Accept responsibility for your part. It doesn’t matter who started it. It doesn’t matter who said the more hurtful thing. You were there and you were participating and that means some of it’s your fault. Neither of you is perfect and it’s okay to accept that truth and acknowledge it to your spouse.
At the end of the day, it’s simply smarter and more mature to say, “hey, last night was crazy and I said some horrible crap and I’m really sorry.” Granted, this takes a fair amount of humility to admit that you didn’t handle a situation with enough care or concern. It’s tough to acknowledge that you let your feelings get the best of you and it clouded your judgment. Truth is, it happens to the best of us. Sometimes we can avoid the trap and not fall into that negative pattern and other times we get caught off guard.
Coming back to take responsibility lets your partner know that you are aware of your own flaws and weaknesses. It also lets them know that you don’t feel superior to them. People are much more forgiving of those who can quickly acknowledge how much they need to be forgiven. A heartfelt, remorseful apology can work wonders for your relationship.
3. Make the First Move
Sometimes it can feel risky to reach out especially after you’ve said or done some really shameful things. The fear of rejection can rob you of the opportunity to build equity in your relationship. When you make the first move, it can be an invaluable gesture toward reconciliation. Growing up, we saw classic examples played out in television shows and movies, remember? The husbands would buy flowers and/or jewelry after a mistake or argument. The wife would cook her guy’s favorite meal or put on some lingerie as a peace-making gesture. The flowers, the jewelry, the meal all say the same thing “I’m sorry.” By the way, nothing beats actually saying the words! And if you say them first, so much the better. It’s easy to say “I’m sorry too” but its awesome to say “I’m sorry” first.
The gesture doesn’t have to be grand. It only has to be sincere. Sometimes tickling works. No, seriously, it can. Other times, not so much. You’ll know what feels authentic for you. Making the first move can be as easy as cracking a joke to lighten the mood. That first move communicates that even though you’re angry, and maybe with legitimate reasons, you won’t let the anger overshadow your commitment to your partnership. Small gestures after, or even during an argument, remind your partner that the relationship won’t end because you don’t see eye to eye on this issue.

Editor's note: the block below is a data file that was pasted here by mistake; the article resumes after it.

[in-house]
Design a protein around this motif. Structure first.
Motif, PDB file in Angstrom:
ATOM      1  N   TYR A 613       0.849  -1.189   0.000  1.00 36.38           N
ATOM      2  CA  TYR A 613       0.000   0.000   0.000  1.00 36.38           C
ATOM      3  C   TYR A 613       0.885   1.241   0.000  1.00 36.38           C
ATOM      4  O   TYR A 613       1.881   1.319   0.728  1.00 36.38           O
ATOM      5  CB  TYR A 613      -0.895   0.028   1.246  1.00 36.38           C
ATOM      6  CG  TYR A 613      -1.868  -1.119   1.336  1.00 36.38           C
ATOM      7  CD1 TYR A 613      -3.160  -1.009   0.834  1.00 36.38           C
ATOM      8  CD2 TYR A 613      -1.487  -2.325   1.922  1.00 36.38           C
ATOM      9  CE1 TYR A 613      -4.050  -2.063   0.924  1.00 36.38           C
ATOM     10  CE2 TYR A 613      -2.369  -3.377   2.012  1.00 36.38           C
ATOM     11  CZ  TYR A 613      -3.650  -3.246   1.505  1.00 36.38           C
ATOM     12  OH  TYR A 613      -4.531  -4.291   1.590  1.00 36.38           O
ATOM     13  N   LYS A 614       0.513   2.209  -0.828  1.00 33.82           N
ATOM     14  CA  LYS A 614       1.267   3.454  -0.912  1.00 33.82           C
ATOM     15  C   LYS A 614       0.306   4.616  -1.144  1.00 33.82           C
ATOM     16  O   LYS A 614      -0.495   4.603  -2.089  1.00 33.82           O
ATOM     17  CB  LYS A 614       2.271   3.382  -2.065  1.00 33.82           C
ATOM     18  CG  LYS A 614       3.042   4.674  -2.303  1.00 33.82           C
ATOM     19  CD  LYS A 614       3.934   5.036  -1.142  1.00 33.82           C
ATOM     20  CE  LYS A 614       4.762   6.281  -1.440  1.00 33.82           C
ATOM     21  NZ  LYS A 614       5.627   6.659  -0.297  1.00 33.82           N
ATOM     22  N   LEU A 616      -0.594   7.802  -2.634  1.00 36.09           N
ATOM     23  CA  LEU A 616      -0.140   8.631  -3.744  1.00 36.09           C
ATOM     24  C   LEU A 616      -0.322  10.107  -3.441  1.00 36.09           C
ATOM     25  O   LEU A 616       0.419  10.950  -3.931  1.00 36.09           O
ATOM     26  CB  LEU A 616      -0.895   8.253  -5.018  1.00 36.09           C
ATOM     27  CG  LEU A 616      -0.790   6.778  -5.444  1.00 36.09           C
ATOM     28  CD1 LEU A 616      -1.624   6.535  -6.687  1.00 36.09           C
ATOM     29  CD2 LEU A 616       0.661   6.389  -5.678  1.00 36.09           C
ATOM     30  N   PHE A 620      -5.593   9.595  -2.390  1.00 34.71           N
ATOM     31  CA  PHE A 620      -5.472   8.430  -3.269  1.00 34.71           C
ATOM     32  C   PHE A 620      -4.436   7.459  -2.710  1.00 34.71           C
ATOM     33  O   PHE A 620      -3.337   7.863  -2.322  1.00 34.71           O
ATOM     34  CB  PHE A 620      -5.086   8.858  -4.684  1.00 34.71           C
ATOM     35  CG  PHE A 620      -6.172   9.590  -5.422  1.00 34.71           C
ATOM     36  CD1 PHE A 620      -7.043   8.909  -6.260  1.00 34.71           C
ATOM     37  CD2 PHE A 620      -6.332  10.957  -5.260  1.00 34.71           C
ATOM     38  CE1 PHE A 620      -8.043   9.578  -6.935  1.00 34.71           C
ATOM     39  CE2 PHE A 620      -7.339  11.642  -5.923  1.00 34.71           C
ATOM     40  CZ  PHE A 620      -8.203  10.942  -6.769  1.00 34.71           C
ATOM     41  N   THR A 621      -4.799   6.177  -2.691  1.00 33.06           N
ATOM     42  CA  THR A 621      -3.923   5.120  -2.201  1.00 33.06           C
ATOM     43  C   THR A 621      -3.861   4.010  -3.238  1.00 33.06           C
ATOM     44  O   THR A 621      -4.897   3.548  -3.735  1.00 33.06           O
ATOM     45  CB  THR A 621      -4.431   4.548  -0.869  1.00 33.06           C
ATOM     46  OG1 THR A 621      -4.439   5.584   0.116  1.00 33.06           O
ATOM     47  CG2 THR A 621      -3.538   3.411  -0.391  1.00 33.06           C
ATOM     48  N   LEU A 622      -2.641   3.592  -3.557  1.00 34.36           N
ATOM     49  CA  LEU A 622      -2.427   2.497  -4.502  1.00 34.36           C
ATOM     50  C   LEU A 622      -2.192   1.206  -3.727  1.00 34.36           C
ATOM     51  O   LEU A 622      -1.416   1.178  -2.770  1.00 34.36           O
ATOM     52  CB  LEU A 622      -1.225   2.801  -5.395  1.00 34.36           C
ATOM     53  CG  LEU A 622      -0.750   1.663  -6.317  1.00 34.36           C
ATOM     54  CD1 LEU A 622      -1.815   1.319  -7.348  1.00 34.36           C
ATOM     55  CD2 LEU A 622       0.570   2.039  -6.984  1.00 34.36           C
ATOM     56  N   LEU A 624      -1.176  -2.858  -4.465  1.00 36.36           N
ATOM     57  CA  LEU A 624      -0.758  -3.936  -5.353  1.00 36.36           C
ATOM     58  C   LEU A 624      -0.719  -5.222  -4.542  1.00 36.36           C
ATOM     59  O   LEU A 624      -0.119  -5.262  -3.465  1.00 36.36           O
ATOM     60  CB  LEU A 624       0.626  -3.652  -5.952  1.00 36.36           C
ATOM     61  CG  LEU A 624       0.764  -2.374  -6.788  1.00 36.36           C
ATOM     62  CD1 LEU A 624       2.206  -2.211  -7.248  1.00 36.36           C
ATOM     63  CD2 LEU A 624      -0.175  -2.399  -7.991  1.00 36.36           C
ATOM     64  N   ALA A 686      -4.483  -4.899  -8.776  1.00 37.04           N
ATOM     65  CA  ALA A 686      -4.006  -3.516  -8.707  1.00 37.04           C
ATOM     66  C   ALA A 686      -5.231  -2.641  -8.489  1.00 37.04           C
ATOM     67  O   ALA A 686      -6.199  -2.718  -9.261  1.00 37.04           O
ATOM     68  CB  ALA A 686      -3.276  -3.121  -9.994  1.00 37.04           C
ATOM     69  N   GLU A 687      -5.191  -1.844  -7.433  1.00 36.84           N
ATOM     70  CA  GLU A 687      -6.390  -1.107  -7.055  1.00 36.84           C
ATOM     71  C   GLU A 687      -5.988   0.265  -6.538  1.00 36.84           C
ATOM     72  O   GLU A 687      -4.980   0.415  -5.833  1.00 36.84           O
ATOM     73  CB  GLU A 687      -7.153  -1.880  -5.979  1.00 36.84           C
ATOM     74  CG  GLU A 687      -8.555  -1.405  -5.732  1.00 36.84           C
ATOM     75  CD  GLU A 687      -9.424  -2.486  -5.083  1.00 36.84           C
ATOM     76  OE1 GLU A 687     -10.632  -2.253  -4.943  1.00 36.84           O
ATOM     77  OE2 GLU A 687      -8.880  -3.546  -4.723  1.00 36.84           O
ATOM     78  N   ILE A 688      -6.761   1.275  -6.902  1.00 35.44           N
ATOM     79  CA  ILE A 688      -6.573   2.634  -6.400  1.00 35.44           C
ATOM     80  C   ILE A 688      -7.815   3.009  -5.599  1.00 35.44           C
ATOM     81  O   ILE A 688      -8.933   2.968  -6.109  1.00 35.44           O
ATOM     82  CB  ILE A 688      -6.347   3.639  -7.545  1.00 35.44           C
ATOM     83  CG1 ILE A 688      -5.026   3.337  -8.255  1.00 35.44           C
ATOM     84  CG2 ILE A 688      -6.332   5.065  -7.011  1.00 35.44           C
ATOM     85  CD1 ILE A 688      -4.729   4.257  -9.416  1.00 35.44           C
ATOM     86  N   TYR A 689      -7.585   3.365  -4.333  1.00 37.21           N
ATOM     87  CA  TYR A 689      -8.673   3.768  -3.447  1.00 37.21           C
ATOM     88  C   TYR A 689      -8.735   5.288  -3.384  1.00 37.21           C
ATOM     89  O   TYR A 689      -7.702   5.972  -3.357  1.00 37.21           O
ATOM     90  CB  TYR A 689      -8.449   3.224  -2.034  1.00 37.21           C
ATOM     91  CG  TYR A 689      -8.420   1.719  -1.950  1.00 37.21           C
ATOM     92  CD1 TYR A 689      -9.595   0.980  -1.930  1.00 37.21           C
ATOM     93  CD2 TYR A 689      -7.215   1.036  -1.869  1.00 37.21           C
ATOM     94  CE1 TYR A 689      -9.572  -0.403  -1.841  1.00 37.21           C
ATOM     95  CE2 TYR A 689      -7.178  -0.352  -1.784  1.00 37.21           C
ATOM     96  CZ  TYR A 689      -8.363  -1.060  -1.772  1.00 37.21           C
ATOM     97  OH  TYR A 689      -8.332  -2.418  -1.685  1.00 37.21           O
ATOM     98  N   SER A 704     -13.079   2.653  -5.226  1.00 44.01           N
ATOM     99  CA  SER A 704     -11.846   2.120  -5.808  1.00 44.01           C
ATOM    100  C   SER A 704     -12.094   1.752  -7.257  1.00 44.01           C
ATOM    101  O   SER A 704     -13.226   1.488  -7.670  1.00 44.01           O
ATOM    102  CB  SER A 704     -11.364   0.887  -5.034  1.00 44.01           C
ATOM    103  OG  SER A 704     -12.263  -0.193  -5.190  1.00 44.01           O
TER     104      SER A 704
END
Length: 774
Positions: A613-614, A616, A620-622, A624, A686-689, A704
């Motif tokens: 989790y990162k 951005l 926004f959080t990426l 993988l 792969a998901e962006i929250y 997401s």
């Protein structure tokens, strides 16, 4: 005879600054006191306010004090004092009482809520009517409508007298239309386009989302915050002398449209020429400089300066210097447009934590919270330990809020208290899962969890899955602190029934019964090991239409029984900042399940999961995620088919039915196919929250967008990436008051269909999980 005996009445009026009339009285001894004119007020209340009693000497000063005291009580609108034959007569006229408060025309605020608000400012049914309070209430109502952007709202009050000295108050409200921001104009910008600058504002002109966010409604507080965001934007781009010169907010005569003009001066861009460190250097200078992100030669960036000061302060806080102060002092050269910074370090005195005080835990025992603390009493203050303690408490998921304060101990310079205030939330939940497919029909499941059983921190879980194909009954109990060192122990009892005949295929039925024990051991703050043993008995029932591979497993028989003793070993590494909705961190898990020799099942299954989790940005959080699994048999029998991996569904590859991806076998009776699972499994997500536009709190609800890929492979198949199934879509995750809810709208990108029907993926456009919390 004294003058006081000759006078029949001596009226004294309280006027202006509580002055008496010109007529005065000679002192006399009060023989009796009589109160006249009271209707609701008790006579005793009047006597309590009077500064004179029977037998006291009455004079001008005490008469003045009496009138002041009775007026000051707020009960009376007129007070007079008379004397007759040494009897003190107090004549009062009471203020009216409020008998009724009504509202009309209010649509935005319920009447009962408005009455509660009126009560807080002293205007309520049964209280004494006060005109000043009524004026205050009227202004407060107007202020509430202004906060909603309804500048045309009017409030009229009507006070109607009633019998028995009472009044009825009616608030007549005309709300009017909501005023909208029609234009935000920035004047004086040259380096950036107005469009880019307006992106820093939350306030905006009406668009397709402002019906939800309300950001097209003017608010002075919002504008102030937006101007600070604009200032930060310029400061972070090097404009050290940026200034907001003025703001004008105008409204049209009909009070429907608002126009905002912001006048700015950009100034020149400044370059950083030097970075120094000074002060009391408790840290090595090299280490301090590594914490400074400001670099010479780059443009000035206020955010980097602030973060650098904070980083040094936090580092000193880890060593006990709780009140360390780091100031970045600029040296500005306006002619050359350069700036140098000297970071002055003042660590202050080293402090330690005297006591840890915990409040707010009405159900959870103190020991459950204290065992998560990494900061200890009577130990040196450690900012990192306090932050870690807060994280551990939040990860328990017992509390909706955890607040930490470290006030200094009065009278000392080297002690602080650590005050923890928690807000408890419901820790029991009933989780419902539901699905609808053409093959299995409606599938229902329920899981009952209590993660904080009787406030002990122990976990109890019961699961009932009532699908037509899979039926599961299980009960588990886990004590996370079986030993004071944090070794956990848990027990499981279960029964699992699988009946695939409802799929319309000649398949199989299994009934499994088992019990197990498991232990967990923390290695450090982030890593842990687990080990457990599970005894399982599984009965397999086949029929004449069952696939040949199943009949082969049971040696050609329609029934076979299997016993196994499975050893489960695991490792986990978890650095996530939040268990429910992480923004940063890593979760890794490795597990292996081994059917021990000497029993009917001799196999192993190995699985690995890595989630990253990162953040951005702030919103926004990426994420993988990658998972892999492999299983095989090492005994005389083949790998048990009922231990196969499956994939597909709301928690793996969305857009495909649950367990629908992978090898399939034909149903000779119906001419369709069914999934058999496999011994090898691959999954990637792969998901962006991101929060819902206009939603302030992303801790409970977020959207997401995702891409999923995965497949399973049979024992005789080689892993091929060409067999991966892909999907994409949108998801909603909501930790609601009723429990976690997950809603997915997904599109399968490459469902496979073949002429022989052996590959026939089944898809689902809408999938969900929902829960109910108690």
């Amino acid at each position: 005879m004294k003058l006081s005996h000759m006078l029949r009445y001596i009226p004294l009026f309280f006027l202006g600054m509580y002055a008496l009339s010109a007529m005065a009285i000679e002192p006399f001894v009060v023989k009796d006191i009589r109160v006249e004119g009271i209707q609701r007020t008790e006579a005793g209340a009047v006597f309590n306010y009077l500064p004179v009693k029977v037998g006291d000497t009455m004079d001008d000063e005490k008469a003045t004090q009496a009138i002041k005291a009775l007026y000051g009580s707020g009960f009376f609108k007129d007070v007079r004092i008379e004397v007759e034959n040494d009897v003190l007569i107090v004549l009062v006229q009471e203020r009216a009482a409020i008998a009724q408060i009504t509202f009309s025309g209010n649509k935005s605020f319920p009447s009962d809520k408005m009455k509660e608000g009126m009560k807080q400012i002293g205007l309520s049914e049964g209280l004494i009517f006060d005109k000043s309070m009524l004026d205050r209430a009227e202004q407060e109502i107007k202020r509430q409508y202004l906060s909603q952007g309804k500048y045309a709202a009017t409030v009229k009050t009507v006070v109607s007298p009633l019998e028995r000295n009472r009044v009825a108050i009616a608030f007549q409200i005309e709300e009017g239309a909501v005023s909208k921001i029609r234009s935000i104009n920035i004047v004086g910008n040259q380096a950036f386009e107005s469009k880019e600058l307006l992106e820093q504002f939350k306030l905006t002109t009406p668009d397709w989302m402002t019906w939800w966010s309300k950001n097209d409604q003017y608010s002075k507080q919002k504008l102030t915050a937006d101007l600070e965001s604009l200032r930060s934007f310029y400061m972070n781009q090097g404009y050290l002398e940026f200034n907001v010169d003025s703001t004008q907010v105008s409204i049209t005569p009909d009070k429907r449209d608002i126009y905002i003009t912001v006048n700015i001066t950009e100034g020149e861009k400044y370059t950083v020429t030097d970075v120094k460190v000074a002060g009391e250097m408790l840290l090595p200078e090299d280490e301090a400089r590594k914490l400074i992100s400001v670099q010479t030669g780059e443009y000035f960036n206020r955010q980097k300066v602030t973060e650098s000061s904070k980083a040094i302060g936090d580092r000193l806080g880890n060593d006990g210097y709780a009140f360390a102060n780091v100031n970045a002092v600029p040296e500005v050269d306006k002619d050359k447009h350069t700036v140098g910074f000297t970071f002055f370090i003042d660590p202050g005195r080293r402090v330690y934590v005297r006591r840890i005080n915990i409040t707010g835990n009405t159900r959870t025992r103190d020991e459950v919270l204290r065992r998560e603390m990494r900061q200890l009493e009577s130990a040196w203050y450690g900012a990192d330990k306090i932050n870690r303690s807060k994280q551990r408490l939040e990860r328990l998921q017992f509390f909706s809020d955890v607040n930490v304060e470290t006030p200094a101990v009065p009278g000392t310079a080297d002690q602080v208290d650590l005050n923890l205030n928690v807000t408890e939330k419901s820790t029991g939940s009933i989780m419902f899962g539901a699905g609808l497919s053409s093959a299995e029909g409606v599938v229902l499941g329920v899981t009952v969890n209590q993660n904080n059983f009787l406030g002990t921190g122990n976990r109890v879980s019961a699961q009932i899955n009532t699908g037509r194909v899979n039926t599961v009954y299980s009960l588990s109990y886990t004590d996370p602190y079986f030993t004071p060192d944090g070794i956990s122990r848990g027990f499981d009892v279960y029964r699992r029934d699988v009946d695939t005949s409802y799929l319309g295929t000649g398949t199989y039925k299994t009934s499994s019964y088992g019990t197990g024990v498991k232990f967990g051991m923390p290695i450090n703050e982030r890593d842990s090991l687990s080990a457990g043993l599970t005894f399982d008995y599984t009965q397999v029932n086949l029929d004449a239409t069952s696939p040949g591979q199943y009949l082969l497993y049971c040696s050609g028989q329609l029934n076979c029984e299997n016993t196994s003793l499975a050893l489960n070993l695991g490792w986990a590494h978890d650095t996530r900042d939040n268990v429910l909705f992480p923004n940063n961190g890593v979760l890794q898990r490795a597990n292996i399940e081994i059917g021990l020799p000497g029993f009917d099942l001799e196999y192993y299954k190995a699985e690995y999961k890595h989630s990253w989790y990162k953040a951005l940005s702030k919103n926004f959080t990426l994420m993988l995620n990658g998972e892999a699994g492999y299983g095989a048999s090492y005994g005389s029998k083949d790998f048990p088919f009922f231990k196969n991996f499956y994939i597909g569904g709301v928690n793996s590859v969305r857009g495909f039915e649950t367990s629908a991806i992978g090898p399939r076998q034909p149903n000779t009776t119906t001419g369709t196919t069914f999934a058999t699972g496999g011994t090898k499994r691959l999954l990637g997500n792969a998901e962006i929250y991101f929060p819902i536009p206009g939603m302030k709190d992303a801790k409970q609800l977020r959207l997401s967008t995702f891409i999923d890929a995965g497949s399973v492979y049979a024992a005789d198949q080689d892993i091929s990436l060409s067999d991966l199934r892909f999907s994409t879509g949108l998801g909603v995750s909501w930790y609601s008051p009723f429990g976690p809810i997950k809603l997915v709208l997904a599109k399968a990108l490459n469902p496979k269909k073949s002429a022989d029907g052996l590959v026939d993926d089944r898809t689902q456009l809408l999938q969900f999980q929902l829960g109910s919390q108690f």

Even if you’re not the first to make a move toward your partner, by all means reach back when they reach out. These moves build security and confidence so your partner doesn’t assume it’s over because you had a horrible fight.
4. Stop Demanding to be Right
When we insist on being right we set up a competition in which neither person wins. Almost all of us will agree there are degrees of rightness. Rightness doesn’t have to be an absolute phenomenon. It’s possible for both of you to be partially right. And what’s the harm if you happen to be wrong?
Your partner will not respect you any less because you’re wrong about the fastest way to the restaurant or which actress starred in a particular movie. However, they will be drawn toward you when you can say with humility and admiration, “You’re right.” Many people blow it right here. We just know we’re right. Therefore, the other person has to be wrong and we can’t move forward until it is clear to the other person that we are right and they are wrong. Here’s the problem. When you always have to be right, eventually you will always have to be alone. Being a know-it-all repels people.On the other hand, curiosity draws them closer to you.
Think about it. It’s extremely arrogant to believe that there is only one empirically correct perspective and that you always have it. Instead, the goal should always be to hear and understand the other. When each of you is diligently trying to understand the other, a beautiful curiosity emerges and offers an opportunity to see inside your lover. When we make judgments about what we think the other is feeling, we forfeit an opportunity to deepen our intimacy and learn something new. Suspend the need to be right and try being open to learning something about your significant other that you didn’t know before.